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Is 1.6% raise too much to ask for county nursing home workers?

To The Daily Sun,

Kudos to those members of the Belknap County Legislative Delegation, including two Republicans, who voted to fund the contract with the Belknap County Nursing Home employees. Unfortunately, this was voted down 9-7 by the extreme-right legislators under the leadership of Rep. Colette Worsman (R-Meredith). Shame on them.

Rep. Worsman, when told that if the Delegation did not vote to fund the new contract if might result in layoffs at the nursing home, seemed to not consider such effects her concern. In fact, she basically said as much. This shows a real lack of compassion on Ms. Worsman's part.

We are not talking about "overpaid and underworked" public employees as Ms. Worsman and her fellow extreme ideologues would have the public believe. Nor are we talking about highly-paid top medical professionals. In fact, I believe that even RNs are exempt from this contract. For the most part, we are talking about LPNs and LNAs, among the lowest-paid of the paramedical fields. And, in spite of disinformation disseminated by a Republican member of the County Delegation, they are trained and licensed.

I have known a number of LNAs, also known as nursing assistants. This once included my wife. They work long, hard hours. At the Belknap County Nursing Home, they get about $12 an hour. This is about $1 over a "living wage." In addition, many have had to pay for training.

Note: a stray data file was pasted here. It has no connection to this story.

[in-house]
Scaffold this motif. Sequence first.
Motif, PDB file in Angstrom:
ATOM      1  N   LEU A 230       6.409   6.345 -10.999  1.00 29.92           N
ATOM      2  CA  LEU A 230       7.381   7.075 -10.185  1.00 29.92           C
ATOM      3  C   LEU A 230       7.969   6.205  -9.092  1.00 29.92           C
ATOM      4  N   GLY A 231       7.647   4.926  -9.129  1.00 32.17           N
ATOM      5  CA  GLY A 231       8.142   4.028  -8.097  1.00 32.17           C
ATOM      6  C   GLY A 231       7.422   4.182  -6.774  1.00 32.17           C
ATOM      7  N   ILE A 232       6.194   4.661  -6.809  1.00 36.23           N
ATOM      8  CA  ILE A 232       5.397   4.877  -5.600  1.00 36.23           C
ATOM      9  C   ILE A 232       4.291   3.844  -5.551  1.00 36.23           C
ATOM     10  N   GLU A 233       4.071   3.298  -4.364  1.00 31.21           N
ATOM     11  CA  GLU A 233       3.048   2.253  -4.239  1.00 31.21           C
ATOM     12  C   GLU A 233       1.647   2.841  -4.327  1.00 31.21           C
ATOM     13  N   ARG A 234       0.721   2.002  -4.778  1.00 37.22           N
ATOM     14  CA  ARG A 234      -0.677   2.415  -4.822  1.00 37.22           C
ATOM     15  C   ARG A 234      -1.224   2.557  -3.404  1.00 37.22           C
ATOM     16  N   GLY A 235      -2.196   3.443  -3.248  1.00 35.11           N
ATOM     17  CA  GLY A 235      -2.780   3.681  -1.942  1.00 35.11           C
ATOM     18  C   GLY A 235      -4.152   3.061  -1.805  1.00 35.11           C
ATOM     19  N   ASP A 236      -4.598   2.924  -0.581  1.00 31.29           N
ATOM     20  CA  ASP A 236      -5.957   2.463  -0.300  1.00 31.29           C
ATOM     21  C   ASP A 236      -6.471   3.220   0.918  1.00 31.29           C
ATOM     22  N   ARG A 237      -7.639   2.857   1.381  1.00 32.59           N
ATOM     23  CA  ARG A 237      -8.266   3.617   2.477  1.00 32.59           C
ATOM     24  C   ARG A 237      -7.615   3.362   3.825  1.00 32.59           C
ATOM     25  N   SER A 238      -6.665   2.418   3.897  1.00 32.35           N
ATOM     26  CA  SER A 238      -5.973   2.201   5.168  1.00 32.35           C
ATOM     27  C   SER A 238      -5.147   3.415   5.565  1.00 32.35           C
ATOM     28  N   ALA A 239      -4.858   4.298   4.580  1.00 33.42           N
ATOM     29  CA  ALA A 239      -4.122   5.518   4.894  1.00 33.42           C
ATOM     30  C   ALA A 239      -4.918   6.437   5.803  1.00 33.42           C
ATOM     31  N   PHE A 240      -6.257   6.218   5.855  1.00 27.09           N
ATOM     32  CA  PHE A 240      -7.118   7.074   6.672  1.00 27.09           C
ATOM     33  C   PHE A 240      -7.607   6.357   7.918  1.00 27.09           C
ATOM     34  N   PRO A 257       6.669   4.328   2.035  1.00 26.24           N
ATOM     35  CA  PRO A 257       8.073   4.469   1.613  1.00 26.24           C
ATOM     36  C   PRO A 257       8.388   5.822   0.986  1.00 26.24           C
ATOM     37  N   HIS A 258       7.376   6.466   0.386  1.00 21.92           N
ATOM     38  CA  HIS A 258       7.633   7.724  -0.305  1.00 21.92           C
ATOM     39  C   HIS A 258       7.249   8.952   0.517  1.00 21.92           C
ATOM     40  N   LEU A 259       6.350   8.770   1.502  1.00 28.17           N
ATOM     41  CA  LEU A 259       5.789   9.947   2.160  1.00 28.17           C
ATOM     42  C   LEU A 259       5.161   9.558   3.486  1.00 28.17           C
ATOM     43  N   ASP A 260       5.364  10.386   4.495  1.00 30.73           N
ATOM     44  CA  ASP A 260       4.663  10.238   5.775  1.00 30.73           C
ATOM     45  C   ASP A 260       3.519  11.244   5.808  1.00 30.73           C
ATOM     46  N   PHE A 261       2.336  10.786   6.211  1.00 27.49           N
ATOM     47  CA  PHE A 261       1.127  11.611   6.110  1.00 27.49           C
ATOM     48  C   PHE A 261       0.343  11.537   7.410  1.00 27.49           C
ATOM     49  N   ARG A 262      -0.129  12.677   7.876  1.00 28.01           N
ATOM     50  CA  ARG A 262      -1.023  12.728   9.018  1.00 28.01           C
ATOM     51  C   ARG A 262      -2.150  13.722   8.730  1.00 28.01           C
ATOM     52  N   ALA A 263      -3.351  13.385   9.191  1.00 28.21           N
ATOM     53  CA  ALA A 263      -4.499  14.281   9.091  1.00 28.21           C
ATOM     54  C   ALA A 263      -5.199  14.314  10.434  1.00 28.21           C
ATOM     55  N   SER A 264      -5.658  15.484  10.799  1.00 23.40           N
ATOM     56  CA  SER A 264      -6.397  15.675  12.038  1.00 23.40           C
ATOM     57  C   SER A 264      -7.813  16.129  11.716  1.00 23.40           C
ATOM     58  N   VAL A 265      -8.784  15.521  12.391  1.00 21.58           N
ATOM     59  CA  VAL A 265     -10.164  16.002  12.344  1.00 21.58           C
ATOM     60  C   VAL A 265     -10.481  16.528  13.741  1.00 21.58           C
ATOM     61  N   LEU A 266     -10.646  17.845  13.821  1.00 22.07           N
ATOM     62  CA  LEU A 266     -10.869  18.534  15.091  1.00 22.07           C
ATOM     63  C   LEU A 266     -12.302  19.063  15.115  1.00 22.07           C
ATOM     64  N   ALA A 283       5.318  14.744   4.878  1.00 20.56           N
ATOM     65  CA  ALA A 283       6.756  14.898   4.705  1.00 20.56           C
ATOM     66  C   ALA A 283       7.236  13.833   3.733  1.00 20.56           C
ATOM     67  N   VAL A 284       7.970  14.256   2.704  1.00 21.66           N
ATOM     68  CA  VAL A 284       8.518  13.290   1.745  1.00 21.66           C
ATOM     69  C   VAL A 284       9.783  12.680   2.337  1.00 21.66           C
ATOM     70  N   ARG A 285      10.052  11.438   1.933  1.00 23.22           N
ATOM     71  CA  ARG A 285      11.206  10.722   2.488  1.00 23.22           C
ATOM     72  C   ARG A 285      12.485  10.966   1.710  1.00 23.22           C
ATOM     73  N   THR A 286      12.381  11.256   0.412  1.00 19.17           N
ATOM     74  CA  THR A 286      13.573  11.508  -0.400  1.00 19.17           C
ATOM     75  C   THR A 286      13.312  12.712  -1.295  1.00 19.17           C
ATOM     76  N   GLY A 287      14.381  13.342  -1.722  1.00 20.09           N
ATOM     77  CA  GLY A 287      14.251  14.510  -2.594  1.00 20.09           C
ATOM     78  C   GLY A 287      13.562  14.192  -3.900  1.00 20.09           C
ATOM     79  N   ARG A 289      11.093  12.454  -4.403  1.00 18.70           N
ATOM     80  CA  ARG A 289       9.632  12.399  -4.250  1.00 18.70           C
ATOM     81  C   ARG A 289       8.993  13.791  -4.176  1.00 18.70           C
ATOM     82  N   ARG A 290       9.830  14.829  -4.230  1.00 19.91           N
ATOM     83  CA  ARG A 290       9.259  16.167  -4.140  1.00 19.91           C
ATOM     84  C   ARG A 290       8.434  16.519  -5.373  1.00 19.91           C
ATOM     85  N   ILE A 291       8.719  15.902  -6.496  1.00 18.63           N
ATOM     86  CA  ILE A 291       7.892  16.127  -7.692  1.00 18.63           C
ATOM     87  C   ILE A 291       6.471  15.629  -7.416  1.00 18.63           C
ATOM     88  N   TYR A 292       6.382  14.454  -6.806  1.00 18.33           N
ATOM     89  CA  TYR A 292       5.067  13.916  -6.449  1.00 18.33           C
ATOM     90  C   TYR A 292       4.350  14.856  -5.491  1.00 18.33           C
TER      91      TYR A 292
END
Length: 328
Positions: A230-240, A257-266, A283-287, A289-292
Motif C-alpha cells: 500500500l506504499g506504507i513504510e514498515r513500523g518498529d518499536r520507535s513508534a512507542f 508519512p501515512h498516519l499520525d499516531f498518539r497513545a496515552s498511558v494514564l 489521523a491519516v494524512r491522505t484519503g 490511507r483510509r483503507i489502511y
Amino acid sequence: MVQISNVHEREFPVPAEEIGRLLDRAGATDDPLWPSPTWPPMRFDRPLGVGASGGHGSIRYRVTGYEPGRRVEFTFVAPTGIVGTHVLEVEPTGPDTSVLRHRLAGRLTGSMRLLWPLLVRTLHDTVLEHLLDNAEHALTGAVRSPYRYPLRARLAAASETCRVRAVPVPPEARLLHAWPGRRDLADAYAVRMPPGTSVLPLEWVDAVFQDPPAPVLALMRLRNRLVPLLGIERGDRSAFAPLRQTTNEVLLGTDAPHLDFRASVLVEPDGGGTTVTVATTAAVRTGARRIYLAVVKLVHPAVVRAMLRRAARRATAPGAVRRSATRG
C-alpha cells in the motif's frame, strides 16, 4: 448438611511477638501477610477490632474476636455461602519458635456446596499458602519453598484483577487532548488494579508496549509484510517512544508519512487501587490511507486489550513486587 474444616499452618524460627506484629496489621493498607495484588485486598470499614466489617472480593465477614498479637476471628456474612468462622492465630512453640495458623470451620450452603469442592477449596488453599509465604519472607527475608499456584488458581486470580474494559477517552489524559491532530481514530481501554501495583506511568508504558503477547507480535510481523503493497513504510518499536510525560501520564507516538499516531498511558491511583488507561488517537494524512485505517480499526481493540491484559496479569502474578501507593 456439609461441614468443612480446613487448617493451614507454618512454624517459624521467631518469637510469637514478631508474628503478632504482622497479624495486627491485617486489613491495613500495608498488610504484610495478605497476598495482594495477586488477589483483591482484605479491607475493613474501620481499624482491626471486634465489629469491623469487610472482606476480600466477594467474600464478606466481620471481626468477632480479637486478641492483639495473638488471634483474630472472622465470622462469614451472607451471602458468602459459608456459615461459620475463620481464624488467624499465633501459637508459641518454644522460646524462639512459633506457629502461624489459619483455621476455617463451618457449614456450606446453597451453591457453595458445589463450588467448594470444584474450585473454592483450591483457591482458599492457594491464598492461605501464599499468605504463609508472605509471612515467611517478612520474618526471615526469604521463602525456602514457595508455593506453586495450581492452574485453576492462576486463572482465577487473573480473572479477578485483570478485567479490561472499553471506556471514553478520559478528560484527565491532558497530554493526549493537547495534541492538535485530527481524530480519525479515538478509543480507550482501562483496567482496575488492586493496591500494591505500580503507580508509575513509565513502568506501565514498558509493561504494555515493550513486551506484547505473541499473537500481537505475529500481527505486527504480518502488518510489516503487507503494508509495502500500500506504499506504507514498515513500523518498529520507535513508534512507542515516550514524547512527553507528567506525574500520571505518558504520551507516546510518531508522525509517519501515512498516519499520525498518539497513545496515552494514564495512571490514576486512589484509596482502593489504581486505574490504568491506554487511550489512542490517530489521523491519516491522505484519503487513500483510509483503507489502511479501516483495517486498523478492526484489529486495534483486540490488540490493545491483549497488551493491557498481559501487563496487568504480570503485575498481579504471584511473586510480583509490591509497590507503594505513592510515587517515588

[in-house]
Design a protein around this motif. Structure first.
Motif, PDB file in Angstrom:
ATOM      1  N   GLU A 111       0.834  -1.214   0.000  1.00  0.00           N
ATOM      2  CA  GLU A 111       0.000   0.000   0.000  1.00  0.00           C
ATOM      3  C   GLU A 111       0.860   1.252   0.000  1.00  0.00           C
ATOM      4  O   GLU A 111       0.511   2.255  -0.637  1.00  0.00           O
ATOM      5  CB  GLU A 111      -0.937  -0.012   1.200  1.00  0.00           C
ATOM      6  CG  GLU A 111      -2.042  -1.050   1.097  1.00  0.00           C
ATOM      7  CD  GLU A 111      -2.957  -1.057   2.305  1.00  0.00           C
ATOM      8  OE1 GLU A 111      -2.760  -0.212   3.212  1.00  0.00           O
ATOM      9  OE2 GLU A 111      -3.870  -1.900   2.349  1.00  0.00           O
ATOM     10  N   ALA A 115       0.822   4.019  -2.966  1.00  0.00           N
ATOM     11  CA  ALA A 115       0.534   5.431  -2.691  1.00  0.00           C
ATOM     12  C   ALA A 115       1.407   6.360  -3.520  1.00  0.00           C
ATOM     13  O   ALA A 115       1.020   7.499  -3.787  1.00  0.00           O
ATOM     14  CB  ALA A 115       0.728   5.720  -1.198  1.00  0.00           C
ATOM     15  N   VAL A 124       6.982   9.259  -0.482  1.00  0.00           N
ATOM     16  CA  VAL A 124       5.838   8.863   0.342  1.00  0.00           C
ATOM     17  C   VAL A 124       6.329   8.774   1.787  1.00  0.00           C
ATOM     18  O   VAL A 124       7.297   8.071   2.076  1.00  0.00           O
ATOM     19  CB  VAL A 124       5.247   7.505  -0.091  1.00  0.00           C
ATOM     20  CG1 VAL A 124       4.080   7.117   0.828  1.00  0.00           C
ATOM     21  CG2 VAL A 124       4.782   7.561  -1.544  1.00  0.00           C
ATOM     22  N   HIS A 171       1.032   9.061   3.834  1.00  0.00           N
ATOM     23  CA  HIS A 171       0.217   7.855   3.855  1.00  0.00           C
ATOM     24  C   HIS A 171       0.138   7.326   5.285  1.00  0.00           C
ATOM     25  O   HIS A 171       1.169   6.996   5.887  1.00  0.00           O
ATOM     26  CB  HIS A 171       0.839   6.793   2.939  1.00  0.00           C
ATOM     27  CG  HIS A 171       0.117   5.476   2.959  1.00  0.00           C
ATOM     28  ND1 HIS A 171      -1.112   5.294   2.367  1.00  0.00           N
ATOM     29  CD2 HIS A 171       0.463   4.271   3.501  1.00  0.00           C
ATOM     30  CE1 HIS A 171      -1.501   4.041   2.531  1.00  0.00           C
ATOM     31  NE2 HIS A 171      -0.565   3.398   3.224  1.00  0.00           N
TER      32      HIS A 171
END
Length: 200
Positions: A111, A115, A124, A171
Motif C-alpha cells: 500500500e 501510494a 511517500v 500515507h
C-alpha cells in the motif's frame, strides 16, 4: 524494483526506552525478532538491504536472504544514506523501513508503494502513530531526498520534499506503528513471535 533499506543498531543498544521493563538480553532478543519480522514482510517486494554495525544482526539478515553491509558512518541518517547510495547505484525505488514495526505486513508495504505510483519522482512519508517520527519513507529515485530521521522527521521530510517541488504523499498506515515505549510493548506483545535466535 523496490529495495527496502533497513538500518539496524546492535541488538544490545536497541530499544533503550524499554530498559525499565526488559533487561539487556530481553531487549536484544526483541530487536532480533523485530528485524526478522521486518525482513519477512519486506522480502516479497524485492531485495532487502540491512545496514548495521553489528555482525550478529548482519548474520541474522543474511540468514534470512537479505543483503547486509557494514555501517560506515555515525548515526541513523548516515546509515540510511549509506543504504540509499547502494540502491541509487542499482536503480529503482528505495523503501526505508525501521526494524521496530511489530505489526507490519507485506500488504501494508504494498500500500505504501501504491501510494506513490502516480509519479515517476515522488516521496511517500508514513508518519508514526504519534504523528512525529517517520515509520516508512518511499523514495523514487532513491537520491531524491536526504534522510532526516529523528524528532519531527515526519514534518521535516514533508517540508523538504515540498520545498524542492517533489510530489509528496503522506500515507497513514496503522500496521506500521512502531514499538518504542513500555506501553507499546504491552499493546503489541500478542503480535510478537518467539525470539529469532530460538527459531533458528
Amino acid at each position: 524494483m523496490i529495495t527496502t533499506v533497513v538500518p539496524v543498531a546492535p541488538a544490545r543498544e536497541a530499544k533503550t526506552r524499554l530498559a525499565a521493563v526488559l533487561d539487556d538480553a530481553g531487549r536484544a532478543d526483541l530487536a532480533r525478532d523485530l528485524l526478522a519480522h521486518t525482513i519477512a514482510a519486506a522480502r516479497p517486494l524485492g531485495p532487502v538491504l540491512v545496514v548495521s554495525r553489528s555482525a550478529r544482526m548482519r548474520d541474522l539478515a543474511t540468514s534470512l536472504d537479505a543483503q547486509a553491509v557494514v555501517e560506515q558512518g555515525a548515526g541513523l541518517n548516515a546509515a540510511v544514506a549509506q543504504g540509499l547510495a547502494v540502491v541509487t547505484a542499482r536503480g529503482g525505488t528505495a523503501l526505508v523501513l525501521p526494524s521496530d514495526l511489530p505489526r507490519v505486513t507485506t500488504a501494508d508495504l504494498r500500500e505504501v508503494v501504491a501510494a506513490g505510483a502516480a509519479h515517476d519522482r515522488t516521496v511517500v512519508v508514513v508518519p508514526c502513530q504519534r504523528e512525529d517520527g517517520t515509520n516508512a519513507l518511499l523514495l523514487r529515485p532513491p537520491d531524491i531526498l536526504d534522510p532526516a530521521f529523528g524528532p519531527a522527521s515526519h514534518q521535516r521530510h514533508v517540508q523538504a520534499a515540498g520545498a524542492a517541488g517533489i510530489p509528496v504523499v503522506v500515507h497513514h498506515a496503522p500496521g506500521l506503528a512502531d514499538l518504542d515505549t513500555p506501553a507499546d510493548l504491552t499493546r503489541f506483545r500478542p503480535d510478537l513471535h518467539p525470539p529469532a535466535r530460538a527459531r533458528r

I attended the meeting between our bi-partisan County Commission and the Legislative Convention. The commissioners, in good faith, negotiated a contract with the nursing home workers. These employees did not ask for much: a change to their medical plan that would encourage good health habits, and for a modest 1.6 percent pay raise after two years of no raises. It would have only cost each taxpayer about $2 — the price of a decent cup of coffee.

These are the people who "empty the bedpans," wash the patients, feed them, comfort them when they are dying, and help them with their bodily functions. They are also often the first recipients of verbal or physical abuse from patients. Is a 1.6 percent raise too much to ask for these workers? These workers are dealing with our least powerful. Don't we want them fairly-compensated for what they do?

Was there a bit of "classism" or "elitism" in the attitudes of those who voted "no?" After all, those who go to the Belknap County Nursing Home are those who cannot afford a private one.

E. Scott Cracraft

Gilford

 
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